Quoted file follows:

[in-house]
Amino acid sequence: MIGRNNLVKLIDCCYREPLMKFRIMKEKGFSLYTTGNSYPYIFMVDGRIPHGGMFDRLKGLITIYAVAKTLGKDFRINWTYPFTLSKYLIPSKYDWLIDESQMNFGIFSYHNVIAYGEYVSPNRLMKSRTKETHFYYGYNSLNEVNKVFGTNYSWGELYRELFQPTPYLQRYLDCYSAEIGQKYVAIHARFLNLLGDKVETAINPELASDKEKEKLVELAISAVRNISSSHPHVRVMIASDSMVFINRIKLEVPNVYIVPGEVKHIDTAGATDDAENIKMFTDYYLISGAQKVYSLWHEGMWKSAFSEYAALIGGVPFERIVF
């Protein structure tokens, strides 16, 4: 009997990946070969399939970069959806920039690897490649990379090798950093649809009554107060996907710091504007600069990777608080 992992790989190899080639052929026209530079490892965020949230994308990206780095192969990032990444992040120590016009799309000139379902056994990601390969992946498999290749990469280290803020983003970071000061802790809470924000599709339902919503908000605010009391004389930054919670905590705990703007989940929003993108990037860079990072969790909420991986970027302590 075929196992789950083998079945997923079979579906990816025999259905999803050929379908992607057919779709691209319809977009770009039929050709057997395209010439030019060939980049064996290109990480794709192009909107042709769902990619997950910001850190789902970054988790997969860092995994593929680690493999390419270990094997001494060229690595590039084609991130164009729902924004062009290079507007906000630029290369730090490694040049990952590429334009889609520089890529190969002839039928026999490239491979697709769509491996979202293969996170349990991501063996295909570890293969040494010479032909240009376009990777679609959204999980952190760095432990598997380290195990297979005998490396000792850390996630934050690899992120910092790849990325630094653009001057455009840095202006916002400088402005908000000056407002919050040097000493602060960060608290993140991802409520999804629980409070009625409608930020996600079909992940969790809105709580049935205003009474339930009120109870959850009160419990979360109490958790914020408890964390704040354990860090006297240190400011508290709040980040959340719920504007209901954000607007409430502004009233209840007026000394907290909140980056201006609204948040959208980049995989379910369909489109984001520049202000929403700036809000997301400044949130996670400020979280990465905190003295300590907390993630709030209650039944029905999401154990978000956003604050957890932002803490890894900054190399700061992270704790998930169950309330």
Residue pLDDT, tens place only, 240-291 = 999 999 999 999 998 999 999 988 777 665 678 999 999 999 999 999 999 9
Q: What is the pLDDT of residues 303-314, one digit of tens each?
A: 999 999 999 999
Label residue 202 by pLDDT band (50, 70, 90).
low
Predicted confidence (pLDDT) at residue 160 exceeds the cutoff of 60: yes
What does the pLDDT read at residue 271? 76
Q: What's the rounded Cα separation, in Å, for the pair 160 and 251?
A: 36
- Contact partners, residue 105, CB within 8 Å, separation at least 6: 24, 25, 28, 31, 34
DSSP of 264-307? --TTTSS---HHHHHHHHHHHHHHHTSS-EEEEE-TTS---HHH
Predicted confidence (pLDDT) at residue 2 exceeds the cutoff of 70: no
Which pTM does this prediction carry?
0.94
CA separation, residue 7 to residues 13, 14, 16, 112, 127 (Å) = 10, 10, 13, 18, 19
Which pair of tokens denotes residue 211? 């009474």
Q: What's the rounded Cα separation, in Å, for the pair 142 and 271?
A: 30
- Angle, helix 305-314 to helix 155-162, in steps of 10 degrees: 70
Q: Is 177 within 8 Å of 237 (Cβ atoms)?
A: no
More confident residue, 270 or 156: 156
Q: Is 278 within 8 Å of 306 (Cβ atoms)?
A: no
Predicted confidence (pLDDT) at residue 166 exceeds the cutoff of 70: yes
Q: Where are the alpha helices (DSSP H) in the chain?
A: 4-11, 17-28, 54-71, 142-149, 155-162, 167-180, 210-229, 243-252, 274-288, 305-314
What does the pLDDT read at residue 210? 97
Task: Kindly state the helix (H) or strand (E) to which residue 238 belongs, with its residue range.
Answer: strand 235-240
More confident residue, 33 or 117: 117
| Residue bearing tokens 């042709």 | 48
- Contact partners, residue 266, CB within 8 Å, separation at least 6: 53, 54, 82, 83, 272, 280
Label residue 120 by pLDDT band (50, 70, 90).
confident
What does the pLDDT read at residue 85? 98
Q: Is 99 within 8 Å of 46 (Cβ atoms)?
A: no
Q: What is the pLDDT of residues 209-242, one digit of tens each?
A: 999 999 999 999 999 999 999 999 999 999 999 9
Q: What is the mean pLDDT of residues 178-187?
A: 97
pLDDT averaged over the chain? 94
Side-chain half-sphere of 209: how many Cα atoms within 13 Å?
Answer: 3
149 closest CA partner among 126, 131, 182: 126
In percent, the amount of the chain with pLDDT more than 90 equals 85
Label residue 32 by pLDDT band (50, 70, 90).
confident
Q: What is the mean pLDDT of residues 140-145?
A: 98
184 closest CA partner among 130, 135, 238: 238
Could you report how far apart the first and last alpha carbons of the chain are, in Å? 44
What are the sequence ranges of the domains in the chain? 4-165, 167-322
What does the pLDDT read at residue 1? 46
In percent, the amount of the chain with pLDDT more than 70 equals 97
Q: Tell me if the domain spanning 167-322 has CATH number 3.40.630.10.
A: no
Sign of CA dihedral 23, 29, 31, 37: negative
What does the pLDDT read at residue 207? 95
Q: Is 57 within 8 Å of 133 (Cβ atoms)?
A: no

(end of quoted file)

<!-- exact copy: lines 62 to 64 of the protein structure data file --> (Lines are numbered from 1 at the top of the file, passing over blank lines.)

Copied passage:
Sign of CA dihedral 23, 29, 31, 37: negative
What does the pLDDT read at residue 207? 95
Q: Is 57 within 8 Å of 133 (Cβ atoms)?